Sequence Stratigraphic Framework in a Humid Alluvial Fan Complex, Quiriquire Oil Field, Venezuela
Fanchen Kong, Guillermo Jalfin, Pujianto Lukito, Ichsan Sarkawi, 2002. "Sequence Stratigraphic Framework in a Humid Alluvial Fan Complex, Quiriquire Oil Field, Venezuela", Sequence Stratigraphic Models for Exploration and Production: Evolving Methodology, Emerging Models and Application Histories, John M. Armentrout, Norman C. Rosen
Download citation file:
The giant Quiriquire Shallow oil field is located in the southeastern foothills of the Serrania del Interior in northeastern Venezuela. The main reservoir interval, the Quiriquire Formation, consists of conglomerates and sandstones deposited during 2.4-0.9 Ma in a humid alluvial fan complex inter-fingered with axial fluvial systems. Sequence stratigraphic concepts are applied to interpret 3D seismic volume to establish an accurate tectono-stratigraphic depositional model for facies prediction. Sequence boundary recognition criteria are explored for humid alluvial fans.
Five regionally extensive erosional unconformities are recognized as sequence boundaries. Maximum fluvial flooding surfaces and correlatives are recognizable as continuous high amplitude reflectors with overlying wide troughs. Each sequence may have rising base level, high base level, and falling base level systems tracts. At least five levels of cyclicity are interpreted. The three higher levels are controlled by intermittent tectonic events of hill uplift and basin subsidence from southeast contraction in a clockwise wrench-fault setting. Episodic growth strata, stratal truncations, and linear shale diapirs are associated with these tectonic events. Smaller cycles appear associated with sediment supply and climatic changes or autocyclic processes.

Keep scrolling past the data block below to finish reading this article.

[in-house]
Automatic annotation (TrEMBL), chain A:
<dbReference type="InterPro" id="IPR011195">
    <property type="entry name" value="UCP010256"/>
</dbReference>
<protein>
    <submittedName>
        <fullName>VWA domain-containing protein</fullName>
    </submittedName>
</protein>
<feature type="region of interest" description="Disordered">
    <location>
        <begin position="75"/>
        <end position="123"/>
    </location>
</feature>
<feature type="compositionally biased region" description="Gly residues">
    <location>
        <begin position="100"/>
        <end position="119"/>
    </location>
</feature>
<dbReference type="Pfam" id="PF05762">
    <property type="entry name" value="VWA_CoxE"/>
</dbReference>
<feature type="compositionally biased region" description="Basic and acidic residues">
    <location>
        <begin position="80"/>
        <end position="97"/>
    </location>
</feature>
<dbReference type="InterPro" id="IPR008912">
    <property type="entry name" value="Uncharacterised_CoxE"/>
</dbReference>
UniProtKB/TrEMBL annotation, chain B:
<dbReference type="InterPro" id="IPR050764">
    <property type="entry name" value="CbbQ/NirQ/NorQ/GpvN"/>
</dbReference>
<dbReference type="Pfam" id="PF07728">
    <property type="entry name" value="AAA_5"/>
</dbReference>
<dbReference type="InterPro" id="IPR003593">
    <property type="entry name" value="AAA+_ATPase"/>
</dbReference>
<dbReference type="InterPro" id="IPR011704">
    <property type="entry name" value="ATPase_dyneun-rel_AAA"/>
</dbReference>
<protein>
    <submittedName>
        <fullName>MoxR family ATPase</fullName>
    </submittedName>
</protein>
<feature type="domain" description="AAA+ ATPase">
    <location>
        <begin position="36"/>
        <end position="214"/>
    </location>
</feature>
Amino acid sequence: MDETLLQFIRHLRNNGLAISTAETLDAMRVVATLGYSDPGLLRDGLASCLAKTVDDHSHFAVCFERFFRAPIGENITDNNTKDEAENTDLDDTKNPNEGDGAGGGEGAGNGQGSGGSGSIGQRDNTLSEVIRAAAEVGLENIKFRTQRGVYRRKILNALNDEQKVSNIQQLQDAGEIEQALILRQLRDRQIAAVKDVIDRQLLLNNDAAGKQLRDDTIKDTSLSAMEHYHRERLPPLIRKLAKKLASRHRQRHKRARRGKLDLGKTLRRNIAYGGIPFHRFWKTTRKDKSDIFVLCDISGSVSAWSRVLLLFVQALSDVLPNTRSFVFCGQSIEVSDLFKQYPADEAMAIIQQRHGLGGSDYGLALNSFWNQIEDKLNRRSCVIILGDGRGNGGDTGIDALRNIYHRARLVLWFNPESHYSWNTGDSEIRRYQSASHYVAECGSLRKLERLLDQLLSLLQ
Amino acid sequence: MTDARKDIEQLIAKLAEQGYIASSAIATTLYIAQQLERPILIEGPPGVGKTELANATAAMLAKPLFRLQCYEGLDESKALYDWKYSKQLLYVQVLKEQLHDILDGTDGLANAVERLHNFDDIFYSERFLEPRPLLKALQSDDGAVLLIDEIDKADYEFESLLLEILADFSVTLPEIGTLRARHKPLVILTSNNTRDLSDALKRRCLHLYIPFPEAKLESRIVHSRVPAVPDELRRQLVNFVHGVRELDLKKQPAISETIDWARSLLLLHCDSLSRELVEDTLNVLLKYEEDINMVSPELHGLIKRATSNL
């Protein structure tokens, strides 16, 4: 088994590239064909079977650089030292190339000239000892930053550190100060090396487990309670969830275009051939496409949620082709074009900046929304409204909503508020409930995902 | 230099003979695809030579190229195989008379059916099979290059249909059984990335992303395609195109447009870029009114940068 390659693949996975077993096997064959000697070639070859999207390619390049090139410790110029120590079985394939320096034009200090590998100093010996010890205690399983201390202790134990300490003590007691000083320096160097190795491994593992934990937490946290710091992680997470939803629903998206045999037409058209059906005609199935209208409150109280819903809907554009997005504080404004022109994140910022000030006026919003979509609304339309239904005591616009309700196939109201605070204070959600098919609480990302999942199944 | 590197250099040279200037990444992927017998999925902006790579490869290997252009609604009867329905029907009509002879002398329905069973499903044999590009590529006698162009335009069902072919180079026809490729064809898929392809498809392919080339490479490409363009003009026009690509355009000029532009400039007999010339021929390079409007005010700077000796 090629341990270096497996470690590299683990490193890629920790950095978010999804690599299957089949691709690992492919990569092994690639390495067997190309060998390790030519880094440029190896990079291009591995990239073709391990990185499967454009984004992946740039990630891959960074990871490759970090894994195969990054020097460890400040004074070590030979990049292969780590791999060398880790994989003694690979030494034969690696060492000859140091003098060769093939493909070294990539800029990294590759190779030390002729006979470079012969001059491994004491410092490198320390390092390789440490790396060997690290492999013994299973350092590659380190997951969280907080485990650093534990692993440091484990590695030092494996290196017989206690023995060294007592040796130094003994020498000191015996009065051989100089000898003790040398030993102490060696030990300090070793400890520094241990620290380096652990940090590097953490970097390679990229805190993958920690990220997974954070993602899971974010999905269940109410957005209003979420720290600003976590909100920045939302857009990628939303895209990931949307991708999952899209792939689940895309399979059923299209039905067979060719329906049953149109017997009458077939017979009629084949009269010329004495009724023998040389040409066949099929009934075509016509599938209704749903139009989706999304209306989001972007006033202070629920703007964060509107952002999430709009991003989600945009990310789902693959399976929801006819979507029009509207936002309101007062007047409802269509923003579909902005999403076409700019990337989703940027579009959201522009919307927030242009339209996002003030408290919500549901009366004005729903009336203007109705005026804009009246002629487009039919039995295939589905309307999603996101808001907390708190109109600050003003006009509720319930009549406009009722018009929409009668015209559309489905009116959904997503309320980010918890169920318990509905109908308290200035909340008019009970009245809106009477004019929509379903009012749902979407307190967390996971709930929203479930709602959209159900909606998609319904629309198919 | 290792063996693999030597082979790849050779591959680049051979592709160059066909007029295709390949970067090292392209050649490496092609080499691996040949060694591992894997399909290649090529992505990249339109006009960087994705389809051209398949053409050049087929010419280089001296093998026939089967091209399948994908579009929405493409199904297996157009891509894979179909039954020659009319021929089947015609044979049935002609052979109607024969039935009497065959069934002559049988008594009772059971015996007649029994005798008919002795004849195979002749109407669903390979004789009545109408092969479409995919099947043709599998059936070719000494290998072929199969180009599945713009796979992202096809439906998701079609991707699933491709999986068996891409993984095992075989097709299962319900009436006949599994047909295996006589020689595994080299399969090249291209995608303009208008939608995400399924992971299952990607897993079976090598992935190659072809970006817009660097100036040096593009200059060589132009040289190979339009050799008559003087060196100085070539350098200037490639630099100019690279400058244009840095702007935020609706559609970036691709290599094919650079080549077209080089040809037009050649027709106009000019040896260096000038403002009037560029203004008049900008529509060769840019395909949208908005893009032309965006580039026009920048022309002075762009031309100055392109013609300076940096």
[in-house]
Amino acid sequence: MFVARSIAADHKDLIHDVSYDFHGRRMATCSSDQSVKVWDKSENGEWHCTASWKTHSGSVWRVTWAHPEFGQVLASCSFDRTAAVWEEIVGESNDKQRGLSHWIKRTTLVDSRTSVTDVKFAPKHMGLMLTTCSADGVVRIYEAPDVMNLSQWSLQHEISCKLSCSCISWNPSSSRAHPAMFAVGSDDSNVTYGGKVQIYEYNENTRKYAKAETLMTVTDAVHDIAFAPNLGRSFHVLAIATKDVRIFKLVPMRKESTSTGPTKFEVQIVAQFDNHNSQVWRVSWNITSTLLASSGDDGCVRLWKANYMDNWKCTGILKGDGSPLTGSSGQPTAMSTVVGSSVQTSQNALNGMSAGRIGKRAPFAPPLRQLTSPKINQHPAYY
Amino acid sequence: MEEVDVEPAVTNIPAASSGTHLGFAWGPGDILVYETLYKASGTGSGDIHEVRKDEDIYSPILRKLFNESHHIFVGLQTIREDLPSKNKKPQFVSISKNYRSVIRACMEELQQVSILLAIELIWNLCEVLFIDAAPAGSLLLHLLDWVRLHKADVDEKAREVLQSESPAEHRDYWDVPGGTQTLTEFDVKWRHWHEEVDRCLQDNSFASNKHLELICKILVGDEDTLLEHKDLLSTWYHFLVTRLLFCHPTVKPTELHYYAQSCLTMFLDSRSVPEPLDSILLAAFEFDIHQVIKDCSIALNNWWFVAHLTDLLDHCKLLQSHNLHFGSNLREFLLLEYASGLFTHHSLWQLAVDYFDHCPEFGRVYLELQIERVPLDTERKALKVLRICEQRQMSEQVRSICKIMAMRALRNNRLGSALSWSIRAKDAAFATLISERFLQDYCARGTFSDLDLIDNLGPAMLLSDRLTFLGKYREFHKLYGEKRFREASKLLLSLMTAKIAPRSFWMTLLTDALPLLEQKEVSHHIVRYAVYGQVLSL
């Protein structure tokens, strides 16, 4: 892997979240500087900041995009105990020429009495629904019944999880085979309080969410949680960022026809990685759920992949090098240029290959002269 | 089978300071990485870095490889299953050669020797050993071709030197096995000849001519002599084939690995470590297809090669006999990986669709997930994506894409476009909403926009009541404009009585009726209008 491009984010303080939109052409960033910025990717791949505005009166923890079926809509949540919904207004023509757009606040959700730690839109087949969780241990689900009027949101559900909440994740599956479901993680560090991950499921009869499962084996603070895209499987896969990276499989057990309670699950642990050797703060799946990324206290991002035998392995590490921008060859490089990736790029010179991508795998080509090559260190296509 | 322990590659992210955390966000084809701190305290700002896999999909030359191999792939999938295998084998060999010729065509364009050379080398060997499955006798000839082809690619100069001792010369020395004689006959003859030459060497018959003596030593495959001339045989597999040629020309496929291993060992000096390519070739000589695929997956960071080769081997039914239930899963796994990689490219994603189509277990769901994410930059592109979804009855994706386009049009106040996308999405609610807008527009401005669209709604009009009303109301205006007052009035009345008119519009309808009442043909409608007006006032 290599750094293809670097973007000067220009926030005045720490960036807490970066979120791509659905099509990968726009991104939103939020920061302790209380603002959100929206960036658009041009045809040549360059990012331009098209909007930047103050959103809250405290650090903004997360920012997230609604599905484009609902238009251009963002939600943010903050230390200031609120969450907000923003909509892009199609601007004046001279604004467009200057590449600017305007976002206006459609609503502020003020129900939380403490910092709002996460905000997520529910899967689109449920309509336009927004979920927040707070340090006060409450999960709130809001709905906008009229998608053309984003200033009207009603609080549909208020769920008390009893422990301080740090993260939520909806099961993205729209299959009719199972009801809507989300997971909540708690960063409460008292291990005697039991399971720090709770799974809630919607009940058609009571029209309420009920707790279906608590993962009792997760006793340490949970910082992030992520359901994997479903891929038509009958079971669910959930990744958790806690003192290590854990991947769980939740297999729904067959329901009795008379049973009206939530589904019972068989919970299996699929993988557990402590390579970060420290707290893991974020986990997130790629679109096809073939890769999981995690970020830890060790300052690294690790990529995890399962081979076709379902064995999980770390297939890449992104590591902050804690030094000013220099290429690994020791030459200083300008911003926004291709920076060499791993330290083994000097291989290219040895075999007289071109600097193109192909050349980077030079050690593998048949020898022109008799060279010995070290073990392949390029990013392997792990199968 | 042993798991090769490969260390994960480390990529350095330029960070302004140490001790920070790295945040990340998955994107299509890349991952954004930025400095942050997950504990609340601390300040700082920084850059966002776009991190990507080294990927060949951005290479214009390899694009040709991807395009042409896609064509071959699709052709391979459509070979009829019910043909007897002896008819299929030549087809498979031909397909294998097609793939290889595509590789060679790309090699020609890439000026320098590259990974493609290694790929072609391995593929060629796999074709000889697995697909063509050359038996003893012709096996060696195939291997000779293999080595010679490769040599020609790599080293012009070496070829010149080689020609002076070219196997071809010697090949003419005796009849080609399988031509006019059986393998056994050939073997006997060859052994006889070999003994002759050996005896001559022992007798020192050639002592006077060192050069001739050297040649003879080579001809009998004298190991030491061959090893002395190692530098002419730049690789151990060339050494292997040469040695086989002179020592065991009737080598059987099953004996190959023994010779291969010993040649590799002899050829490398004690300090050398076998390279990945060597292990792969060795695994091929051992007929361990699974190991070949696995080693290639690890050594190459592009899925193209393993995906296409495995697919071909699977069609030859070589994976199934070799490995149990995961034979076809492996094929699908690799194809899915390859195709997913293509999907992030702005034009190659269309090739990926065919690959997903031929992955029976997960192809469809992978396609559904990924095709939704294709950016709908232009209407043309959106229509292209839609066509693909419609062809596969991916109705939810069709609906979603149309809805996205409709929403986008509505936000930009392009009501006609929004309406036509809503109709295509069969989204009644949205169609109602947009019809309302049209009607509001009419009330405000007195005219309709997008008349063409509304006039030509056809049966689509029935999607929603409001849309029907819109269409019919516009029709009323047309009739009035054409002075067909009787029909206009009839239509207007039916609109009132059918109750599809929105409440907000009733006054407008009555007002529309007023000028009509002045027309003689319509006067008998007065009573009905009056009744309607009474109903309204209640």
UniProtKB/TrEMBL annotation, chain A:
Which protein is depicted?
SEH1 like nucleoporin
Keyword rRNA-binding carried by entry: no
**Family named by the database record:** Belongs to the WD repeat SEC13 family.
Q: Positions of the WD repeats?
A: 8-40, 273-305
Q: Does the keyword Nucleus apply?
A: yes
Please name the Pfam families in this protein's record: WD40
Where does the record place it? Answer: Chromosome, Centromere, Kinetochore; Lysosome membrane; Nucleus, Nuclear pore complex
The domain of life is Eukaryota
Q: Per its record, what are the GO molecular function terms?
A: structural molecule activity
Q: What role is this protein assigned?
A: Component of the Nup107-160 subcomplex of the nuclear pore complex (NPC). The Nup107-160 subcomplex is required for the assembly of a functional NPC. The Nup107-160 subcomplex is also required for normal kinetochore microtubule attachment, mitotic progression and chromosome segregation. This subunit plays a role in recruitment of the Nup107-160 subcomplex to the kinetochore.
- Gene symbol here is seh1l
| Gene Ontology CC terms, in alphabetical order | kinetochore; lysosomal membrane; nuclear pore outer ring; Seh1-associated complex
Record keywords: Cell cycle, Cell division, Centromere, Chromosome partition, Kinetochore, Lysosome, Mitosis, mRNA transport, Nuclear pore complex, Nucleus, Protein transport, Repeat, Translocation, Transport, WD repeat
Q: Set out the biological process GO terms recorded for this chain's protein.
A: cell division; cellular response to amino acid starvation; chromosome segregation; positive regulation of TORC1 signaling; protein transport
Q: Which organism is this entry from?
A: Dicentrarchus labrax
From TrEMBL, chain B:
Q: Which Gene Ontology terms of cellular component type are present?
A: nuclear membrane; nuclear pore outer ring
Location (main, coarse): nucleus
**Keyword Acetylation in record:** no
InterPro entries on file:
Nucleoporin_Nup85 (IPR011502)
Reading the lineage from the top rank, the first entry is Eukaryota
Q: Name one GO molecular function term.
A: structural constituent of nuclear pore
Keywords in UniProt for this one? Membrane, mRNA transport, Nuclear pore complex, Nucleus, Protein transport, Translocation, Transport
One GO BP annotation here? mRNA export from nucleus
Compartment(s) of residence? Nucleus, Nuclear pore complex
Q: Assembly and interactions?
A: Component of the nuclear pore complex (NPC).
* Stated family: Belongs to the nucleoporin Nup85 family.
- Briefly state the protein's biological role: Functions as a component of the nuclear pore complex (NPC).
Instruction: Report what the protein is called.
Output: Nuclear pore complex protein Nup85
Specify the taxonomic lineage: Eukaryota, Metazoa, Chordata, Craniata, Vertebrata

Analyses of seismic reflection facies, trace shape facies, and various attributes reveal a general basinward decrease of conglomerates and sandstones and an increase of shales. Alluvial-fluvial evolution shows a general northward fluvial onlapping trend and two major alluvial fan progradations, in which conglomerates and conglomeratic sandstones prograde farther basinward. Analyzing and imaging alluvial and fluvial internal architectural complexity and vertical/lateral alluvial-fluvial boundaries plays a critical role in our detailed reservoir correlation and characterization.